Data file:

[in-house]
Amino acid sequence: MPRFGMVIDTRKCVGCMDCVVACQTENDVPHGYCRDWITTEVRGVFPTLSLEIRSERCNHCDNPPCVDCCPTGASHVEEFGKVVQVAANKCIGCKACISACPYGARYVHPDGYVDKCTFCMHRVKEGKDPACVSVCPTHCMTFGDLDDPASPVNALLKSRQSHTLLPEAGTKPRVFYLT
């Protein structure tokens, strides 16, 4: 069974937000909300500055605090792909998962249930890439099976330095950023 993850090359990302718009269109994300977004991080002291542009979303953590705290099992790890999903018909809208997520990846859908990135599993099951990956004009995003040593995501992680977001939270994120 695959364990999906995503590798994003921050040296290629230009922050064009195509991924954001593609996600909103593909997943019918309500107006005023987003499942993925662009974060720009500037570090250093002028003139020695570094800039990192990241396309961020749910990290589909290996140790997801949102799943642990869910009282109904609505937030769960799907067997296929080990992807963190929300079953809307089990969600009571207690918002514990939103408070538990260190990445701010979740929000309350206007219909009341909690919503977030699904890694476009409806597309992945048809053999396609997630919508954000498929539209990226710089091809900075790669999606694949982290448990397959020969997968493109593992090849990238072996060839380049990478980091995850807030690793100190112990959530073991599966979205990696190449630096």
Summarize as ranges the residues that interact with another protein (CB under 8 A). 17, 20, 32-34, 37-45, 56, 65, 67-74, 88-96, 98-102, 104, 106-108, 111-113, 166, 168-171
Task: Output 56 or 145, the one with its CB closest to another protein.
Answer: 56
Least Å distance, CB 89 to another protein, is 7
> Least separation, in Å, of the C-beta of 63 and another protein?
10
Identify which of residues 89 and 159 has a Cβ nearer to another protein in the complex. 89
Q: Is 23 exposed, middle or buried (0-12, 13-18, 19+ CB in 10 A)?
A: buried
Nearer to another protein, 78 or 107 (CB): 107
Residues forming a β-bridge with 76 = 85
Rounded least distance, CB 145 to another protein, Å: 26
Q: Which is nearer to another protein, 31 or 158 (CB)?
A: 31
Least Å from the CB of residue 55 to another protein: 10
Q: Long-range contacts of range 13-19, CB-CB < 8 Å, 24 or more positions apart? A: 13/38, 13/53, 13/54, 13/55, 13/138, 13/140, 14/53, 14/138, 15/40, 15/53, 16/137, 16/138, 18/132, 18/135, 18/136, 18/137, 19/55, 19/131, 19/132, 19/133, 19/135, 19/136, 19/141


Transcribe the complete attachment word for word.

[in-house]
Amino acid sequence: MPRFGMVIDTRKCVGCMDCVVACQTENDVPHGYCRDWITTEVRGVFPTLSLEIRSERCNHCDNPPCVDCCPTGASHVEEFGKVVQVAANKCIGCKACISACPYGARYVHPDGYVDKCTFCMHRVKEGKDPACVSVCPTHCMTFGDLDDPASPVNALLKSRQSHTLLPEAGTKPRVFYLT
């Protein structure tokens, strides 16, 4: 069974937000909300500055605090792909998962249930890439099976330095950023 993850090359990302718009269109994300977004991080002291542009979303953590705290099992790890999903018909809208997520990846859908990135599993099951990956004009995003040593995501992680977001939270994120 695959364990999906995503590798994003921050040296290629230009922050064009195509991924954001593609996600909103593909997943019918309500107006005023987003499942993925662009974060720009500037570090250093002028003139020695570094800039990192990241396309961020749910990290589909290996140790997801949102799943642990869910009282109904609505937030769960799907067997296929080990992807963190929300079953809307089990969600009571207690918002514990939103408070538990260190990445701010979740929000309350206007219909009341909690919503977030699904890694476009409806597309992945048809053999396609997630919508954000498929539209990226710089091809900075790669999606694949982290448990397959020969997968493109593992090849990238072996060839380049990478980091995850807030690793100190112990959530073991599966979205990696190449630096």
Summarize as ranges the residues that interact with another protein (CB under 8 A). 17, 20, 32-34, 37-45, 56, 65, 67-74, 88-96, 98-102, 104, 106-108, 111-113, 166, 168-171
Task: Output 56 or 145, the one with its CB closest to another protein.
Answer: 56
Least Å distance, CB 89 to another protein, is 7
> Least separation, in Å, of the C-beta of 63 and another protein?
10
Identify which of residues 89 and 159 has a Cβ nearer to another protein in the complex. 89
Q: Is 23 exposed, middle or buried (0-12, 13-18, 19+ CB in 10 A)?
A: buried
Nearer to another protein, 78 or 107 (CB): 107
Residues forming a β-bridge with 76 = 85
Rounded least distance, CB 145 to another protein, Å: 26
Q: Which is nearer to another protein, 31 or 158 (CB)?
A: 31
Least Å from the CB of residue 55 to another protein: 10
Q: Long-range contacts of range 13-19, CB-CB < 8 Å, 24 or more positions apart? A: 13/38, 13/53, 13/54, 13/55, 13/138, 13/140, 14/53, 14/138, 15/40, 15/53, 16/137, 16/138, 18/132, 18/135, 18/136, 18/137, 19/55, 19/131, 19/132, 19/133, 19/135, 19/136, 19/141